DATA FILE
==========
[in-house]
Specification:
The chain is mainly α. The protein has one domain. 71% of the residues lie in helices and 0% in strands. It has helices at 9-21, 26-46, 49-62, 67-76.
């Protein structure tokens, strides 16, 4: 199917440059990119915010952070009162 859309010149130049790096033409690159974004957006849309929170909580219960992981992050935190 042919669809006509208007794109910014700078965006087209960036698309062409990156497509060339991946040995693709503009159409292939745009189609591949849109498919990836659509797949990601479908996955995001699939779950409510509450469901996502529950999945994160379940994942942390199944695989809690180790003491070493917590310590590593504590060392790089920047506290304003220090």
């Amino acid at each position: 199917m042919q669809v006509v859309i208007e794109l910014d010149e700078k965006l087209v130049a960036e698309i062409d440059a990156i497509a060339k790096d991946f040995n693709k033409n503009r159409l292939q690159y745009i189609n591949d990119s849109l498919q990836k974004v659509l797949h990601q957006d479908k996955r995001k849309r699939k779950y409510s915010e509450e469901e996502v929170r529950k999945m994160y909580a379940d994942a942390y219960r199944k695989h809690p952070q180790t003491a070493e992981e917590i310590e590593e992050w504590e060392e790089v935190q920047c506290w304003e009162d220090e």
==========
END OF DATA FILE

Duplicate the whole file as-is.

[in-house]
Specification:
The chain is mainly α. The protein has one domain. 71% of the residues lie in helices and 0% in strands. It has helices at 9-21, 26-46, 49-62, 67-76.
């Protein structure tokens, strides 16, 4: 199917440059990119915010952070009162 859309010149130049790096033409690159974004957006849309929170909580219960992981992050935190 042919669809006509208007794109910014700078965006087209960036698309062409990156497509060339991946040995693709503009159409292939745009189609591949849109498919990836659509797949990601479908996955995001699939779950409510509450469901996502529950999945994160379940994942942390199944695989809690180790003491070493917590310590590593504590060392790089920047506290304003220090």
């Amino acid at each position: 199917m042919q669809v006509v859309i208007e794109l910014d010149e700078k965006l087209v130049a960036e698309i062409d440059a990156i497509a060339k790096d991946f040995n693709k033409n503009r159409l292939q690159y745009i189609n591949d990119s849109l498919q990836k974004v659509l797949h990601q957006d479908k996955r995001k849309r699939k779950y409510s915010e509450e469901e996502v929170r529950k999945m994160y909580a379940d994942a942390y219960r199944k695989h809690p952070q180790t003491a070493e992981e917590i310590e590593e992050w504590e060392e790089v935190q920047c506290w304003e009162d220090e």